Of course, the party may try and save some of the furniture and plunge the knife into the back of your prospective boss far enough ahead of an election to give someone else a chance to build their profile. There will be those who only just stumbled over the line last election who will be keen to see his political demise, people like Louise Staley MP, for example.
The opportunity to progress from this role will be entirely dependent on the views of those left after the next state election to fight over the scraps. The view could be that you “took one for the team” or, alternatively, that you were an ingredient in the disaster that was the O’Brien leadership team. All I can say is good luck rolling those dice.
On the brighter side, you will be a part of a professional team. You will join Joshua Morris who is listed as O’Brien’s ‘Regional Media Advisor’. If there was someone whose advice you would seek on regional media, it would be that of Josh.
Josh does have a stellar relationship with particular local councillors in Ballarat — some would say that is his one and only asset.
A few years ago, Josh Morris was an MP in the Victorian State Legislative Council, a position that was considered as safe as a Cayman Island tax haven. Josh had such a good feel for regional Victoria and such a solid understanding of his constituent’s needs that he went into the 2018 election certain that his reputation would secure a position in the Victorian Upper House.He was right. Josh’s reputation secured a seat in the Victorian Upper House for Andy Meddick of the Animal Justice Party. Josh’s constituency sought out and voted for someone who was the polar opposite of Josh. It’s a decision they have not regretted at all, with the name Josh Morris proving to be more popular as a punchline than it ever was as a politician.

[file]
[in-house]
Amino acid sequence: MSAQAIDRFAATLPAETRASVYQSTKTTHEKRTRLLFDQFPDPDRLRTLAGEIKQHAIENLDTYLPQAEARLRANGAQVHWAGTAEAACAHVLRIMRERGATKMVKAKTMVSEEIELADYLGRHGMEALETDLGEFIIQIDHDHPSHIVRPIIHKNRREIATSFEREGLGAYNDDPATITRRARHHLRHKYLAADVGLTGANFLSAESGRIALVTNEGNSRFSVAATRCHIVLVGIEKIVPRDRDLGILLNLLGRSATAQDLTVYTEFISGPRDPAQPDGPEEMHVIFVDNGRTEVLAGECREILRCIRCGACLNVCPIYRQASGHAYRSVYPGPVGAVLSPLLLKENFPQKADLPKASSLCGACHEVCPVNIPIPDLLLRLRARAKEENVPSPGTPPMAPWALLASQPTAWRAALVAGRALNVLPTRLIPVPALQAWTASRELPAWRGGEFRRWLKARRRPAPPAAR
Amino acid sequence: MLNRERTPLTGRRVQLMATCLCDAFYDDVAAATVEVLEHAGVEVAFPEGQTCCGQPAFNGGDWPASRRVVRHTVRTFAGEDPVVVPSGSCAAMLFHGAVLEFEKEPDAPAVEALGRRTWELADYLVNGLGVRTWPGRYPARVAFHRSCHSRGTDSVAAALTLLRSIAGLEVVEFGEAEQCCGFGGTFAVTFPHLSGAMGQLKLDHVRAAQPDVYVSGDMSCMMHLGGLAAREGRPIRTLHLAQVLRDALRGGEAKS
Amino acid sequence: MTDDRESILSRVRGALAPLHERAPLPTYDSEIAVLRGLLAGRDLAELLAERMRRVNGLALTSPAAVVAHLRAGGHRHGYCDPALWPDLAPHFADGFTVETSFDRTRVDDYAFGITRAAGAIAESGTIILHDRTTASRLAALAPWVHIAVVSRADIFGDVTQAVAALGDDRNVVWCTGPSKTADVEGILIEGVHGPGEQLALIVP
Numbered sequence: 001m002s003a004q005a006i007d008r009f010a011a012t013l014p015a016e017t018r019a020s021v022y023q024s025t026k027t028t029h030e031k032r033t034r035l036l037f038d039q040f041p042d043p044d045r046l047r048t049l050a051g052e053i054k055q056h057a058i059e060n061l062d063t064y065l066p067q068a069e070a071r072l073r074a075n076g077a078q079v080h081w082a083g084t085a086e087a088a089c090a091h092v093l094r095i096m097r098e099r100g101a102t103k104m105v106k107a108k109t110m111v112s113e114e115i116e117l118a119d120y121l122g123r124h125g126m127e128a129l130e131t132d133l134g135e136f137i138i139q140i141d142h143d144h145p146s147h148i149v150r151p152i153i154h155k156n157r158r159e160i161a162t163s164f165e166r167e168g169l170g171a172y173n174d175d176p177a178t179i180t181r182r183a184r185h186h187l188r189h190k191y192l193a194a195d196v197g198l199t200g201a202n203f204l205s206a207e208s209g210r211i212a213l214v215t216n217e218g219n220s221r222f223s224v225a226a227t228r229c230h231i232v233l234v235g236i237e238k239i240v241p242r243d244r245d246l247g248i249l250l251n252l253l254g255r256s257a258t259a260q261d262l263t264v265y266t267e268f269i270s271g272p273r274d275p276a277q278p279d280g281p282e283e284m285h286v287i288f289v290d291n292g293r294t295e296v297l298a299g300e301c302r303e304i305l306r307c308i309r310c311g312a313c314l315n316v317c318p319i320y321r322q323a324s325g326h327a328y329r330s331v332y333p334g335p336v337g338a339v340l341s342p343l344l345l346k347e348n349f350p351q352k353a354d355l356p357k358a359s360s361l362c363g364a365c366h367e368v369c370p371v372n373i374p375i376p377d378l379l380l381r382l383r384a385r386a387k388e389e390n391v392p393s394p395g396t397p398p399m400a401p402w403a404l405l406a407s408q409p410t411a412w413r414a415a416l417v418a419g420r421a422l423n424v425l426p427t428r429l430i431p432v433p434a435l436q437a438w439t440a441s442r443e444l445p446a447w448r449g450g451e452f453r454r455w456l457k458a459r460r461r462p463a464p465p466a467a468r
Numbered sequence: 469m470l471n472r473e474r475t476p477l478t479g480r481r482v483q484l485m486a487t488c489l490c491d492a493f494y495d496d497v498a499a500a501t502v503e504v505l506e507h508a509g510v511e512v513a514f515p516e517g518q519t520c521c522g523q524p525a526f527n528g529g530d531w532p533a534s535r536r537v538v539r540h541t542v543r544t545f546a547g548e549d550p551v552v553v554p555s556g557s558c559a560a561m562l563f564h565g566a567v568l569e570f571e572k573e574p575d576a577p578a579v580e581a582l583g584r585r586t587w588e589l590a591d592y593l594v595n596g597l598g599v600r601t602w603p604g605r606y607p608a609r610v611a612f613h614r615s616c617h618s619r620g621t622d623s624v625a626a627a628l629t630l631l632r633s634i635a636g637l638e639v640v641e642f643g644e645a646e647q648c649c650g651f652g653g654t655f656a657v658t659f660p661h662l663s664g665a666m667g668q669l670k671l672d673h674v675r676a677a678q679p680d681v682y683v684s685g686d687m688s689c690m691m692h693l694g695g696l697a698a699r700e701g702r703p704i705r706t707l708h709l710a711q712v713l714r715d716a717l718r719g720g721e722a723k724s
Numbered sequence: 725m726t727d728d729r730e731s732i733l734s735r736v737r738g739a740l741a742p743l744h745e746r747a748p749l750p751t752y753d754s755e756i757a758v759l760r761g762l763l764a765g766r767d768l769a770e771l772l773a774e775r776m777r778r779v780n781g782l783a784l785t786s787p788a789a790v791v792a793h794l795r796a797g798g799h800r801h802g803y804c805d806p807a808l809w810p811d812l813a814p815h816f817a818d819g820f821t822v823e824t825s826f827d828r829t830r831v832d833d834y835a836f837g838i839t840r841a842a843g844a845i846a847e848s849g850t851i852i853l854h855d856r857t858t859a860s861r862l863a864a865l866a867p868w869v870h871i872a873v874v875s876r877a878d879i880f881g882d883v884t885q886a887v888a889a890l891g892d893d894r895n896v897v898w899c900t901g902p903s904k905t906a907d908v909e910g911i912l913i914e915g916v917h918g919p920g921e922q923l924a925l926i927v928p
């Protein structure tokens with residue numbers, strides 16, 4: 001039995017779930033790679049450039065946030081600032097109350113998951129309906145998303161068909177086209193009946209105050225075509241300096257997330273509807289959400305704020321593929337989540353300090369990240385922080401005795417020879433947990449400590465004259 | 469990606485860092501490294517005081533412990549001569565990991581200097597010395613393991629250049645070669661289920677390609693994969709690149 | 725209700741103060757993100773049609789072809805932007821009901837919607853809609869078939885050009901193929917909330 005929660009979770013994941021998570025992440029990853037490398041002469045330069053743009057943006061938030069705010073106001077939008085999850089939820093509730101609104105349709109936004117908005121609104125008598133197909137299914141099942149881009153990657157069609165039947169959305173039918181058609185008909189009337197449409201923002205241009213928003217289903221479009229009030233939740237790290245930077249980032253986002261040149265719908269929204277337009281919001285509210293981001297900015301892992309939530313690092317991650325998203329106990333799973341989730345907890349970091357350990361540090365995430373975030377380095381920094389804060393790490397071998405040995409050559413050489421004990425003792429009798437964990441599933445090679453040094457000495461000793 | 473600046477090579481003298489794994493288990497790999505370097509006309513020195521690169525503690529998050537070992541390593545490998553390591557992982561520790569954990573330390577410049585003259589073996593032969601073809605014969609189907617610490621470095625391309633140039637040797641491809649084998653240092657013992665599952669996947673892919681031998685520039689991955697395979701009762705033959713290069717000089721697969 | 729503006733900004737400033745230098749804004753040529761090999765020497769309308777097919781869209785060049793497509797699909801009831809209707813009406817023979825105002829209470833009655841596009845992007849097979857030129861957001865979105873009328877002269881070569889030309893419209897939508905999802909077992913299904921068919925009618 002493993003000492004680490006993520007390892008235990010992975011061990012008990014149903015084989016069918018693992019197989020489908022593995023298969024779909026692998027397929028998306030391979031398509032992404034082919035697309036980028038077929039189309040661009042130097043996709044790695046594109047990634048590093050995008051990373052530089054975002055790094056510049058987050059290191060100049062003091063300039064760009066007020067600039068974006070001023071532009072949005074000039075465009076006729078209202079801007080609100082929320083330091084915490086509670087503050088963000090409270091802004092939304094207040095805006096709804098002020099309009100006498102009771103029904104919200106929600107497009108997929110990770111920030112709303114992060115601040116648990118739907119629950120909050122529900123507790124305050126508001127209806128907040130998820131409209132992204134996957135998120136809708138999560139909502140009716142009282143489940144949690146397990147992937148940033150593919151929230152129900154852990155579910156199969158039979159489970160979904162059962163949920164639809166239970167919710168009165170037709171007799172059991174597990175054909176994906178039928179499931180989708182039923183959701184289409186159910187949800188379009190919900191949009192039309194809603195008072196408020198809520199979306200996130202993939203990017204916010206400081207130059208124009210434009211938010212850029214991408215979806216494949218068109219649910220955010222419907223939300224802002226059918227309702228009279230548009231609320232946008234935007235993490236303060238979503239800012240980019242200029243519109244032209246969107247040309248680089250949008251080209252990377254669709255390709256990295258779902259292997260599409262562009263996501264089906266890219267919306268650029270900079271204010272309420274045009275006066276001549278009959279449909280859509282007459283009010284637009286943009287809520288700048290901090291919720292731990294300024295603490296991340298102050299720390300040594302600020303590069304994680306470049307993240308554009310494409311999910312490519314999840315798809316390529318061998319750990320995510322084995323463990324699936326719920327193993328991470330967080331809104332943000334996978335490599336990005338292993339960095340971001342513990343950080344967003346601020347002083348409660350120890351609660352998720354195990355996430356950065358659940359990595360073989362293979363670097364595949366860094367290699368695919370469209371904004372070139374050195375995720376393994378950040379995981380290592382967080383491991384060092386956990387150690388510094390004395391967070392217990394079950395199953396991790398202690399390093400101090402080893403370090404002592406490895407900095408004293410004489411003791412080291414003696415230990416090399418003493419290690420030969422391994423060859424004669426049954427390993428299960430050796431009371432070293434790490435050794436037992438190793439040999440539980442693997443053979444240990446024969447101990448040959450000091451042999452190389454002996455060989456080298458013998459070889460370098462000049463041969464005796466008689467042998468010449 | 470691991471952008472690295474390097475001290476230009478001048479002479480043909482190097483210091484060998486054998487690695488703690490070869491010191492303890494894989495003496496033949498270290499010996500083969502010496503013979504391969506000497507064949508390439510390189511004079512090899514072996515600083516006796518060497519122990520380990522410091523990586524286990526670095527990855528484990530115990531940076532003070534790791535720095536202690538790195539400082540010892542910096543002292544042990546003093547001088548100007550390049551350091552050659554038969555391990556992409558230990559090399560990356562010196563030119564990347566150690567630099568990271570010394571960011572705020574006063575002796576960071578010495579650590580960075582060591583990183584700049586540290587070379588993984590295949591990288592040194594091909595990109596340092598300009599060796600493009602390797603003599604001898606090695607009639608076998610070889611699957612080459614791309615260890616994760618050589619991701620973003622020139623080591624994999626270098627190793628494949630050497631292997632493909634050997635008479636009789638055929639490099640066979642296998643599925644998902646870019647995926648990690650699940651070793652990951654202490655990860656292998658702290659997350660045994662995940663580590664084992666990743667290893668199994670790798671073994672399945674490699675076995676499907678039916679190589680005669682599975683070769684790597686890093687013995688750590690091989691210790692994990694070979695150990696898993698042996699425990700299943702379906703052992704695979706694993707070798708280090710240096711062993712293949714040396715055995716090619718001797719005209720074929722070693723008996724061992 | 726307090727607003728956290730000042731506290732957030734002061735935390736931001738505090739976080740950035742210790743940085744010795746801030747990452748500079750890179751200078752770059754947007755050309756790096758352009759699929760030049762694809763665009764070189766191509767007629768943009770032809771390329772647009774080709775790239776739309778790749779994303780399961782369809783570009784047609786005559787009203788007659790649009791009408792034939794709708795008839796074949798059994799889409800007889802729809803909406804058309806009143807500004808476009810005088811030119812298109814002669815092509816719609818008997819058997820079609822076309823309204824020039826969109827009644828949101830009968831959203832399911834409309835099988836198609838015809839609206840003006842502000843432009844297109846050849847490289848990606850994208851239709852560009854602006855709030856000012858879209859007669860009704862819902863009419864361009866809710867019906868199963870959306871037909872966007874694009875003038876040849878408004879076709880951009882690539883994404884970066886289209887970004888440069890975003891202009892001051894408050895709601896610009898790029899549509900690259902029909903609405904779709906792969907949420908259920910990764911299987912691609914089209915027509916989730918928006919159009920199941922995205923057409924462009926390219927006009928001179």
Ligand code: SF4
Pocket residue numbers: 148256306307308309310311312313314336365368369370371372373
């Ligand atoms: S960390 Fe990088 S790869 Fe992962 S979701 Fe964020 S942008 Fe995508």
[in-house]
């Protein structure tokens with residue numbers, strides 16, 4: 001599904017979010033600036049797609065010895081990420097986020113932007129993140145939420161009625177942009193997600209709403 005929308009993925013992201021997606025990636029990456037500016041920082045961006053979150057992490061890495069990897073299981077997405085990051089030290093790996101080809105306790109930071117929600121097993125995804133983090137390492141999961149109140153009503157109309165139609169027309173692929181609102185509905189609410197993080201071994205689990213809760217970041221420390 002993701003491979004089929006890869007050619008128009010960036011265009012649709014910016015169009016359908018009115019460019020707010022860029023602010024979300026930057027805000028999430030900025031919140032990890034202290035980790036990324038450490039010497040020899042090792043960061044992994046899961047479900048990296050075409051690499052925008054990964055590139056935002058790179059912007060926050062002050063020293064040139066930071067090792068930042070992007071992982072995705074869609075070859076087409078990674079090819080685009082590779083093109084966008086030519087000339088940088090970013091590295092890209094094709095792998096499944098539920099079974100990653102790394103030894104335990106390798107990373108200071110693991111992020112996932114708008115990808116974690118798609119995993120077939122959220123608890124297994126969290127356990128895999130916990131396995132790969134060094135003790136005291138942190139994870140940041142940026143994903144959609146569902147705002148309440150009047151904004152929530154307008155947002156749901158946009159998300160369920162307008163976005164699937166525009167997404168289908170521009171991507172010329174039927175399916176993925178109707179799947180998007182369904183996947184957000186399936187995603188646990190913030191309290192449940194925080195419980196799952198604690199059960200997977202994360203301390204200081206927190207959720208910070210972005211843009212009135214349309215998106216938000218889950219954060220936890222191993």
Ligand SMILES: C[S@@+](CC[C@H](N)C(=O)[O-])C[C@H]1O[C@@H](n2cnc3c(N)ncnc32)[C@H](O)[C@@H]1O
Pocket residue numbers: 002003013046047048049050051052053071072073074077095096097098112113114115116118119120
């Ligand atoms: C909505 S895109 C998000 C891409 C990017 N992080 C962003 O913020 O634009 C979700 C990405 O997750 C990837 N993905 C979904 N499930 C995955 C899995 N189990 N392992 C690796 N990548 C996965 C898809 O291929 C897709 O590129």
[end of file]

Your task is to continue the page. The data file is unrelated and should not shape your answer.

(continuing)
In his current role, Josh has succeeded in making Michael O’Brien one of the most popular things in regional Victoria, surpassed only by drought and bushfire.
That’s not to say Josh doesn’t know a thing or two about the media. He knows a bit about how to respond to leaks. Like when he was the chair of the parliamentary committee holding the Inquiry into the Domestic Animals Amendment (Puppy Farms and Pet Shops) Bill 2016 and someone leaked confidential information to the Herald Sun.
Sources allege Josh knew the best way to react to a parliament investigation needing a signed statutory declaration to say they didn’t leak from committee members was to resign from the committee rather than sign a stat dec. Clever boy, indeed.
With professionals of Josh’s calibre, you won’t be able to help but shine.
Anyway, if you need a job why not put in an application today? There are worse jobs.
You could be working for Tim Smith MP.
Peter Wicks is an Independent Australia columnist and a former Federal Labor Party staffer. You can follow him on Twitter @MadWixxy.